• Former 3 times National Cross-Country Champion Andrea Whitcombe gives her views on Cross-Country

    andreawhitcombenewsletterThe cross-country season is fast approaching and as a triathlete you may well be wondering if it’s something you should be taking part in. Being outdoors in a natural environment allegedly reduces stress levels, so there’s your answer, what could be better than a stress free winter?! Set yourself the goal of competing in a few cross-country races this winter.

    Cross-country is the challenge of running at a range of different speeds over demanding and varied terrain. The great thing about training for cross-country is that there are many benefits from training on softer surfaces. Sticking to the grass and mud can help to prevent injury, strengthen your feet and ankles and give you a mental break from the monotony of pounding the streets. A cross-country runner has to make constant adjustments in balance and the placement of their feet as the ground is uneven and soft.  Core strength will help keep you upright on those slippery slopes so a strong athlete will find the going a bit easier – a good incentive to maintain conditioning throughout the winter.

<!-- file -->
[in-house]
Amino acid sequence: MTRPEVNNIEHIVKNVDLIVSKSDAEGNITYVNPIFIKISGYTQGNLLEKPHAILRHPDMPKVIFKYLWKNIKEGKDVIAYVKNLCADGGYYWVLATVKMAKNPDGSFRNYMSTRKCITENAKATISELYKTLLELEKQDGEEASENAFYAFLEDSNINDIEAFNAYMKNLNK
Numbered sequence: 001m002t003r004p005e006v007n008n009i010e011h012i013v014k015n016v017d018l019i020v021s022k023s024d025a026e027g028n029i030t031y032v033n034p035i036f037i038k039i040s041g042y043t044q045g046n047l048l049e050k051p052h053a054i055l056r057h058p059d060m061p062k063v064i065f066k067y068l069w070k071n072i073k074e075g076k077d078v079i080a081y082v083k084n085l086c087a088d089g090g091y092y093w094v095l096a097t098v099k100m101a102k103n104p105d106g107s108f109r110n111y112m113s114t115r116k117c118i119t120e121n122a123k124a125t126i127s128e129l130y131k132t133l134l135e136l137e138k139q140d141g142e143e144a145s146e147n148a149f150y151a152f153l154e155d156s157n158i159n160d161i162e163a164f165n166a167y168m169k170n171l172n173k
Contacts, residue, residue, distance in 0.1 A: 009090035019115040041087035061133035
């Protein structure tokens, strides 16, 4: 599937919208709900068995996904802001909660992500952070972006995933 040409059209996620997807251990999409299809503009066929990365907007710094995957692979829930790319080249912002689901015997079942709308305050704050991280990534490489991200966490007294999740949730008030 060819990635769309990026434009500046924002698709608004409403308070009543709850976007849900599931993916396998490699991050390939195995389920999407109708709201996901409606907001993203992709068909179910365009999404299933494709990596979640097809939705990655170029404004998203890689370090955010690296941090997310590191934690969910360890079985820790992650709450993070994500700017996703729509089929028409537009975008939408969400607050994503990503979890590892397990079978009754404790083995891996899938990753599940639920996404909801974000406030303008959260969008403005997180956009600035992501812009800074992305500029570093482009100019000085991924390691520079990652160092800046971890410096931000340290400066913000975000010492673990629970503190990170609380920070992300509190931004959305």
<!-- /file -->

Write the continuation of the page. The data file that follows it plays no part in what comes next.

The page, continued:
Most cross-country races are between 8-12k for men and 5-8k for women. Include an assortment of sessions into your training, ranging anything from hill repeats to tempo runs over a variety of different terrain.  Be adventurous and create your own training course putting in up hills, down hills, twists and turns. The great thing about these sessions is that you can run them on grass, mud, dirt trails, almost anywhere off-road or off-track.

    Cross-country races are rarely exact measured distances and they never feature mile or kilometre markers as with road races, therefore runners need to learn to judge their pace for themselves. Accurate pace and effort judgement is a great quality to have and is a skill that you can transfer to triathlon in all 3 disciplines.   It teaches you to battle against your competitors instead of running purely by your watch. Take in the liberation of not clock watching and instead take in the natural beauty of your surroundings.

    You do not have to be an elite athlete to enter cross-country races. Most counties have their own cross-country league, although you might need to belong to a running club to take part. Membership of running clubs aren’t expensive and my local club is only £35 for the year. This is an absolute bargain compared to triathlon race entry fees.

    So come on, get your spikes or off road run shoes on and let’s get mucky!